Until next time … keep thinking the good thoughts.
— For more than 30 years, Rona Barrett was a pioneering entertainment reporter, commentator and producer. Since 2000, she has focused her attention and career on the growing crisis of housing and support for our aging population. She is the founder and CEO of the Rona Barrett Foundation, the catalyst behind Santa Ynez Valley’s first affordable senior housing, the Golden Inn & Village. Contact her at[email protected]. The opinions expressed are her own.
By Kelly Kapaun for the Rona Barrett Foundation | Published on 03.04.2015 9:00 a.m.
The foundation wishes to thank the many generous community partners and donors who contributed toward the construction of the first affordable senior housing and residential care “aging in place” facility in Santa Ynez Valley.
Additional funds are still needed for the GIV’s Assisted Living and Memory Care housing. Construction for the GIV is slated to begin this month with a completion date in the fall of 2016.
The GIV will now receive $23 million in tax credits needed to start building. The Rona Barrett Foundation, in partnership with the Housing Authority of the County of Santa Barbara, was required to raise $800,000 by March 1. The tax credits mean that an estimated $23 will be returned as community dividends in the form of local jobs, local salaries and local expenditures for equipment, transportation and supplies.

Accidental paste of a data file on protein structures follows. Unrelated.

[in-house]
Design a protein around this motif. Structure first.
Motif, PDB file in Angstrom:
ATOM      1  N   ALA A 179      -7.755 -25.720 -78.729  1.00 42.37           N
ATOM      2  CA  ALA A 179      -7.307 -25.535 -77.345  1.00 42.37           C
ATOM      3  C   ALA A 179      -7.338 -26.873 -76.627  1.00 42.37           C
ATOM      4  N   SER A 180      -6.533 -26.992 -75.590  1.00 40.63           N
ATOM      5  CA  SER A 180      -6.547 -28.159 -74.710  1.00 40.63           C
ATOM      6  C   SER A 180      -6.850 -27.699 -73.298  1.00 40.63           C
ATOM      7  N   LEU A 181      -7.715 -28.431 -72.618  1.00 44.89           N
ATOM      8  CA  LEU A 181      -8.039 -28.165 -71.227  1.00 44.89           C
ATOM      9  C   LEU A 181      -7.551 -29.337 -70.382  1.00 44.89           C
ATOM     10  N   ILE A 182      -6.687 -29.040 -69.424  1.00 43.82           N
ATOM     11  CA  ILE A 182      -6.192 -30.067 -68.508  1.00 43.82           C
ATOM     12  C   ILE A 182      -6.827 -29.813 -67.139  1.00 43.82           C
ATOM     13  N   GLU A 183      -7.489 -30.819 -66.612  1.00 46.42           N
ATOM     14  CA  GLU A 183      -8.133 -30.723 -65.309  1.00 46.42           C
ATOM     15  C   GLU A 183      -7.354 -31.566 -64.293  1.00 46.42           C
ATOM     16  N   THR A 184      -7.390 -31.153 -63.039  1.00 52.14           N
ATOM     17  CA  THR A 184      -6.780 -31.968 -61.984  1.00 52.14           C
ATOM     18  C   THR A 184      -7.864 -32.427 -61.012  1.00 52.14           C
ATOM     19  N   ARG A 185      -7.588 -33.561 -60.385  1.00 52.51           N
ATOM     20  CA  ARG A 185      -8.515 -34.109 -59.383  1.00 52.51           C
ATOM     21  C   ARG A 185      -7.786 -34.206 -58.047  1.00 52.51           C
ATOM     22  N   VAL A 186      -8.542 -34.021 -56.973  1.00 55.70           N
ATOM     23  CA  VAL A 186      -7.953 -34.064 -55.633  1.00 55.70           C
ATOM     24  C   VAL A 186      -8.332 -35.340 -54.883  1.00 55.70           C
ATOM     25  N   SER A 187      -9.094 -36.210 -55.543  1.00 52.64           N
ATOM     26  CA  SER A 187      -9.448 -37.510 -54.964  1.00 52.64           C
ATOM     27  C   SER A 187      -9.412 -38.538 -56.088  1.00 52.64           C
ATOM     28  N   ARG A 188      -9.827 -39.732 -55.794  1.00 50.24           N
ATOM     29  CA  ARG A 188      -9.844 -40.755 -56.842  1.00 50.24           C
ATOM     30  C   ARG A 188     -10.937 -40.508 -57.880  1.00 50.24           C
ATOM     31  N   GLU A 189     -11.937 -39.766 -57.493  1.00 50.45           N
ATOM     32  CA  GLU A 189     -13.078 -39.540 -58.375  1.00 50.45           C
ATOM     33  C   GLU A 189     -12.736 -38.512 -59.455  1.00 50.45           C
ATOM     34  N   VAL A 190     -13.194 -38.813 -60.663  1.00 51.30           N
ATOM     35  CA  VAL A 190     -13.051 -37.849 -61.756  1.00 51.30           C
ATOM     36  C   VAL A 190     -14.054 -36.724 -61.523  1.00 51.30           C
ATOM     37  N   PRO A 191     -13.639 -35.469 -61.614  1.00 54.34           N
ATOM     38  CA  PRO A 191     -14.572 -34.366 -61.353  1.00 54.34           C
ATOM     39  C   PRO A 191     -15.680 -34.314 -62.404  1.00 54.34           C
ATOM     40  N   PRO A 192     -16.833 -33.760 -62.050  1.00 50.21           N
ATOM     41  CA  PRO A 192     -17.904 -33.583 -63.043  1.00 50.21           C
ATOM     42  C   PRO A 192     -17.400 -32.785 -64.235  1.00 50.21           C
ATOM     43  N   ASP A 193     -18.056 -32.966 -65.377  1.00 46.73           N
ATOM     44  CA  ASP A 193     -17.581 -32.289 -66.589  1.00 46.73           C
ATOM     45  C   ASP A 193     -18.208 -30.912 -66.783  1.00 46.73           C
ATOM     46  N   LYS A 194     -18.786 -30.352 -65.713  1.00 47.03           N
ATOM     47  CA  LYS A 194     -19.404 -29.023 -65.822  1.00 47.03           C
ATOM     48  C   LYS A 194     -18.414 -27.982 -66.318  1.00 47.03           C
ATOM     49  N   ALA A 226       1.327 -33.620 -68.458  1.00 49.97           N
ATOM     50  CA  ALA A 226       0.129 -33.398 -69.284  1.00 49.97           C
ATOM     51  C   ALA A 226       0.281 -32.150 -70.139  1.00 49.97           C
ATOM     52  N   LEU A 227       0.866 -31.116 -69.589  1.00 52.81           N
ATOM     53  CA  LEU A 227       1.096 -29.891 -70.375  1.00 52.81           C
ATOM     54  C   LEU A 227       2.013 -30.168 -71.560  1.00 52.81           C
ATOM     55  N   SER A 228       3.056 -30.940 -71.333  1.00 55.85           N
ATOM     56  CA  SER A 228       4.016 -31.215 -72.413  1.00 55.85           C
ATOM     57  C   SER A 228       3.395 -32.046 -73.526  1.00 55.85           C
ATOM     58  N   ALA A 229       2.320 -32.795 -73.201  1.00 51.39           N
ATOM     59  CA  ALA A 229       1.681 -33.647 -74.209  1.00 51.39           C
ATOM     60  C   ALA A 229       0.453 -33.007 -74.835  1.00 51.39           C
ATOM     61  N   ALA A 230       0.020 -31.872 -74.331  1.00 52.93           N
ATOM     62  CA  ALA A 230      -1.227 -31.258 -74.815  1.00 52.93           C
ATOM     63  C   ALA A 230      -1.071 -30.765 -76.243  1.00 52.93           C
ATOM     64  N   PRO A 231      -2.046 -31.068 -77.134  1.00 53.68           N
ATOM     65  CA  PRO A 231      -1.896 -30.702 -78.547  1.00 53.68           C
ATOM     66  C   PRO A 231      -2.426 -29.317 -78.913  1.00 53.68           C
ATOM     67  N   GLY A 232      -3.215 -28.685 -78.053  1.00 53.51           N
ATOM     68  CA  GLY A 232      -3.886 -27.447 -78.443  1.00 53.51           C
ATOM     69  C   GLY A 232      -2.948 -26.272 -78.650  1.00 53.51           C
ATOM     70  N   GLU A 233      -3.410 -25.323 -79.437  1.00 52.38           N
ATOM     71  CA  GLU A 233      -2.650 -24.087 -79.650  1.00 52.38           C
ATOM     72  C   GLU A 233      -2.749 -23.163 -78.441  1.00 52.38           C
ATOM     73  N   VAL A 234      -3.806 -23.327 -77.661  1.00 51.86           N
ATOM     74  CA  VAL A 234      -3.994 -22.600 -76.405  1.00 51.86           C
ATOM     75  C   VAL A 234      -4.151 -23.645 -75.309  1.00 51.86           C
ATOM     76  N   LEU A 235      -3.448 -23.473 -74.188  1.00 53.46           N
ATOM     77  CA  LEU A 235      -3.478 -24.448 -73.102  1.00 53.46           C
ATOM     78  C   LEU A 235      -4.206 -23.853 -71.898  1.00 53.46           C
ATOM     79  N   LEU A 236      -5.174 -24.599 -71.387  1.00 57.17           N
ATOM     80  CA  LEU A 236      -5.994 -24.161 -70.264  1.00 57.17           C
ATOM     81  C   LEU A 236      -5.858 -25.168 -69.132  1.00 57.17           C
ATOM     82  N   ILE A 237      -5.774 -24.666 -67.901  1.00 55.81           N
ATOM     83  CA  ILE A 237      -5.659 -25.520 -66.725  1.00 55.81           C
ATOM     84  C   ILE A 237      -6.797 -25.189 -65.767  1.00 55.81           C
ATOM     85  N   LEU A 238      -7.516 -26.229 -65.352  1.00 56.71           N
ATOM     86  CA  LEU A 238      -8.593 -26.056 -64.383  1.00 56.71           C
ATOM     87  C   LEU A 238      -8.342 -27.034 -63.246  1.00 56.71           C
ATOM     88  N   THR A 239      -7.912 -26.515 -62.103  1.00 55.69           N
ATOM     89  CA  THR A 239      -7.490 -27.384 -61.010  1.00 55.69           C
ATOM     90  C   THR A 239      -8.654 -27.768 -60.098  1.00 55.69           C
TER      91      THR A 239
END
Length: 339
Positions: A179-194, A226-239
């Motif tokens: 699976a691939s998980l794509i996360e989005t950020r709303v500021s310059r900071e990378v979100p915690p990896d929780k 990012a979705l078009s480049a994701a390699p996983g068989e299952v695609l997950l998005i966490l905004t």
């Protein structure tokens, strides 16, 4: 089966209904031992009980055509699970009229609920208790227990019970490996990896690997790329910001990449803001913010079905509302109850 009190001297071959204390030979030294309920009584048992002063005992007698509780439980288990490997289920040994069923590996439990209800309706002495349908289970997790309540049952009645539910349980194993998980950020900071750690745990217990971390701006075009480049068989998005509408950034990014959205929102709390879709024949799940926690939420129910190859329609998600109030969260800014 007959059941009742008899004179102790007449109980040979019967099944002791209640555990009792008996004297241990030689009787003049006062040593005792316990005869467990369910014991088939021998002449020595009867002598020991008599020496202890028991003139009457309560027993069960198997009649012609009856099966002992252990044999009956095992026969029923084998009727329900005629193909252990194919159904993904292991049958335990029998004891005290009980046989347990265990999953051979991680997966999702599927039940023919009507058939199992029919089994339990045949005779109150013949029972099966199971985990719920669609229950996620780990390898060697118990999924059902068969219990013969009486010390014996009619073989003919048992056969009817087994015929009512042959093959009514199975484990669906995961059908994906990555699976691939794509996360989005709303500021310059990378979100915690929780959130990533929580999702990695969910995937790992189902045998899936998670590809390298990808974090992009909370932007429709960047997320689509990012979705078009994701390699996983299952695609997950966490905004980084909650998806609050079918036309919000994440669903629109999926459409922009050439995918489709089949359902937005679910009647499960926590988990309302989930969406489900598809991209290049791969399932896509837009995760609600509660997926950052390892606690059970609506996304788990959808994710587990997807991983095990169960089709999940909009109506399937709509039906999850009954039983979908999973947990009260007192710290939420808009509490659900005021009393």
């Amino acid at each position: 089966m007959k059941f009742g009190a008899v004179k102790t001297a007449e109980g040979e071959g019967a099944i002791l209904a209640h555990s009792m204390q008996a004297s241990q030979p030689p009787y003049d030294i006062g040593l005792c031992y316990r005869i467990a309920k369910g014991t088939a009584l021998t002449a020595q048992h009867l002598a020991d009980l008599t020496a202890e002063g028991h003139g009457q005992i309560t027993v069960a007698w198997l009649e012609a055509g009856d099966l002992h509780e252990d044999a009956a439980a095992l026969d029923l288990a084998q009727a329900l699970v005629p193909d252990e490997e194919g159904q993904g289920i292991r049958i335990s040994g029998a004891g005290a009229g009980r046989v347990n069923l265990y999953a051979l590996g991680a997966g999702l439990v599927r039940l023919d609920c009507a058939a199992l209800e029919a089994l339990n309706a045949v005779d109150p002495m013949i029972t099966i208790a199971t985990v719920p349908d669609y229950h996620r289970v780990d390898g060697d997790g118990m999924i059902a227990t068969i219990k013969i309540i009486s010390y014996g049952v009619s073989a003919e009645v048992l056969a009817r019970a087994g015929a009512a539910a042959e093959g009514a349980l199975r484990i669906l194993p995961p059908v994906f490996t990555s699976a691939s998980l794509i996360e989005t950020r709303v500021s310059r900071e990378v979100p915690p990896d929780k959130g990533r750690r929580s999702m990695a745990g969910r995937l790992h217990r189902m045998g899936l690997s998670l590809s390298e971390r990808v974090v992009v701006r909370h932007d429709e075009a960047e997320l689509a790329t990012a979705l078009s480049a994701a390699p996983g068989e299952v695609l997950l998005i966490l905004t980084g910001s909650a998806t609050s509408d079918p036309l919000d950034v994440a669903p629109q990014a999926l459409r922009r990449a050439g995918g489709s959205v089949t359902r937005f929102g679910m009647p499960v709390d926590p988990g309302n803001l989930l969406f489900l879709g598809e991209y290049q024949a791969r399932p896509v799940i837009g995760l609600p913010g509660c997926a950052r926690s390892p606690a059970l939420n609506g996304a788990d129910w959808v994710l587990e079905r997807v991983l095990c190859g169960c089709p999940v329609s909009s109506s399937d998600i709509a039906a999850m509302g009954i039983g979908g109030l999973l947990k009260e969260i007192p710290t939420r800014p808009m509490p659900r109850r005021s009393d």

“All I can say is, how humbled and grateful we are to have the entire community, and beyond, step up in this profound way,” said Rona Barrett, president of the RBF. “So many people really feel connected to this project because they, or someone they love, is confronting senior care issues, including the need for affordable housing.”
Since the campaign launched in January, major donations have been received from the Santa Ynez Valley Foundation, the Central Coast Wine Classic Foundation, the Santa Barbara Foundation and other local family foundations, and donations from individuals all throughout the community.
The Golden Inn & Village is a mixed use development in a neighborhood setting that will provide 60 independent living units for low-income seniors; 60 units of memory care/assisted living; Senior Community Center (with extended hours for family visits and caregiver respite); 27 affordable family units, some of which may be occupied by employees of the GIV; Supportive services, such as Hospice care, coordinated with multiple partners; Small shops (barber, beauty shop, and other services), staff offices, drought tolerant gardens, and walking paths.
The Golden Inn & Village was conceived specifically to address the needs of our senior loved ones, parents, friends, neighbors, veterans and especially orphaned seniors — those who have no one left to care for them. Construction on the project is slated to begin later this month. Click here for more information about or to donate to GIV.